OK, you’ve got great songs, a great look, and maybe even some great recordings. Where are the raving fans? If you’re going to make it big in the music business, you’ve got to play live, and that means you’ve got to get gigs and tour. Touring is the single best way to get your music heard and to build a fan base in several geographic locations.

Johnny Harpo, Singer Songwriter and lead singer of the band Rigorous Proof shares with us his top 10 tips on how to best prepare for your first tour.



    Where are you located? For you first tour you’re going to want to think about economy. You don’t want to be driving 12 hours to play for 3 people to make no money, and to not have a place to stay, to have to wake up at 6 am to drive 12 hours to do it all over again. Start small, and manageable.


    You may not make any money touring, yet. You need to establish yourself though. Try to make sure you at least break even. There’s still a life to come home to after tour and you don’t want to be destitute because you toured the US for a month and spent you’re life savings.


    If you’re going on tour and have nothing to sell, then you’re missing the point. Listen: we all carry the torch and are in it for the music but you need to make some money to keep fighting the good fight. You need at the very least you’re own recorded music to sell. T Shirts, key chains, bottle openers, hats etc. Something! That way you get your name out there too. You’re trying to build a fan base in each town.


    You’re ride is you’re home. You’re going to be spending a lot of time in whatever vehicle you are driving to get around. I’ve had to sleep in vans plenty of times while on tour. I’ve broken down in vans. You want your ride to be reliable. Nothing kills a tour quicker than breaking down 2 hours away from civilization in the hot unforgiven sun because the transmission is shot and now everyone is calling home to figure out their lives. Also make sure your ride is safe from getting broken into. Park it somewhere in sight. Lock it!!!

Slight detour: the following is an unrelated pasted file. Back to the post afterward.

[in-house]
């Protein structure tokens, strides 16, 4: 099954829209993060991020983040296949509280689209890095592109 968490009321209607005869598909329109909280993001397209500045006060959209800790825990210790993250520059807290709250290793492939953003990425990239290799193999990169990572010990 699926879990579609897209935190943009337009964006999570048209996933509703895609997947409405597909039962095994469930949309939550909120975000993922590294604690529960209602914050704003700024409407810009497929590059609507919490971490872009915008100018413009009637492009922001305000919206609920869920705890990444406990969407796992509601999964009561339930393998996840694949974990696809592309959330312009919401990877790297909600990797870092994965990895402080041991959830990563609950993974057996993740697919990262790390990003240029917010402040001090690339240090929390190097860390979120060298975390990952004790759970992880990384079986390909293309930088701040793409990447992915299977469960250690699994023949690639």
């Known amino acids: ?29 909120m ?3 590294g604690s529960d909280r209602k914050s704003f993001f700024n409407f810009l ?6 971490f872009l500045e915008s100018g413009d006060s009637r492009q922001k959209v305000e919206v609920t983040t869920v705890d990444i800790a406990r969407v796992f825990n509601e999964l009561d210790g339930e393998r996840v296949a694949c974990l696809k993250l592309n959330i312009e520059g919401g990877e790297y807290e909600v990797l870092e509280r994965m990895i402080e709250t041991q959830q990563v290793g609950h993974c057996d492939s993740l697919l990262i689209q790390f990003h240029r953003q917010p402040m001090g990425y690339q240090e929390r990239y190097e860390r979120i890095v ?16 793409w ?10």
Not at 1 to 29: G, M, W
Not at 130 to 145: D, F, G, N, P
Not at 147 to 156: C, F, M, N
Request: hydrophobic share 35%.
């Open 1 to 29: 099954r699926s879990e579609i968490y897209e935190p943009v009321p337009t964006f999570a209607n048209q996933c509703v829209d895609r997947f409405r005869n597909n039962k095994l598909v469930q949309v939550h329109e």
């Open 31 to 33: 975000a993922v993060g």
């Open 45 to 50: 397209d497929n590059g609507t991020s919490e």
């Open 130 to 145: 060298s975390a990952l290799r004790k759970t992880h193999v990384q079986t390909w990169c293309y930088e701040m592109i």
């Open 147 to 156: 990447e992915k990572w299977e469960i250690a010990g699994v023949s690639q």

• GEAR

    Does your guitar have spare strings? Do you have a backup cable? Do you have your power cord? Do you have extra drums sticks? Do you have an extension cord and power strip (get the good one with power conditioning and grounding)? Don’t rely on the venue for everything, the amount of times I’ve saved the day by having an extension cord and power strip is more often than not. Not all venues are, venues. Some are bars, some are basements, some are patios, some are a parking lot. Make sure you’re equipped like a small army for whatever battle comes ahead.


    It helps to know where you are playing. Not just geographically but what are you playing? Is it a bar? Is it venue? Is it some dudes house? Are they equipped for a show? Do they have a PA? Is there a stage? Are there monitors? Are there outlets in the front of the stage for your pedal board. Is there only one outlet and is from the 1930’s and will definitely kill you if you plug all your gear daisy chained with $3 extension cords.


    It helps to have one, just in case. Some venues will ask you for one. What is a stage plot? It’s a piece of paper (mostly digital now) that has everything in written and picture form that you require to perform. It takes ten minutes to make one and will help you keep inventory on what you own.


    You should be efficient in setting up and tearing down all your gear, while also keeping inventory on what you own. As soon as your done playing, get off the stage ASAP, there’s probably another band going on. Don’t hold up the show by taking forever to set up or tear down. Maybe you’re new to town, you want to make friends with whatever band helped you with the show you’re playing, don’t be the diva’s that spend 30 minutes setting up and then 30 minutes soundchecking.


    Where to sleep? The first rule of thumb is to ask the other bands what the best bet is. They will know of a cheap motel, or a place you can park the van and sleep in. If you’re really lucky somebody will let you stay at their house! Keep pillows and sleeping bags in your van, you will use them.


    Keep an eye on your surroundings and stay level headed. Have a beer or two, but make sure that your gear is safe. Make sure your driver is sober. You don’t want to get robbed, crash your van, go to jail or the hospital. Those things suck and you have another show to get to tomorrow. Keep your eye on the prize, the music!

Hope this will help you to get a first successful tour.  Good luck. Johnny

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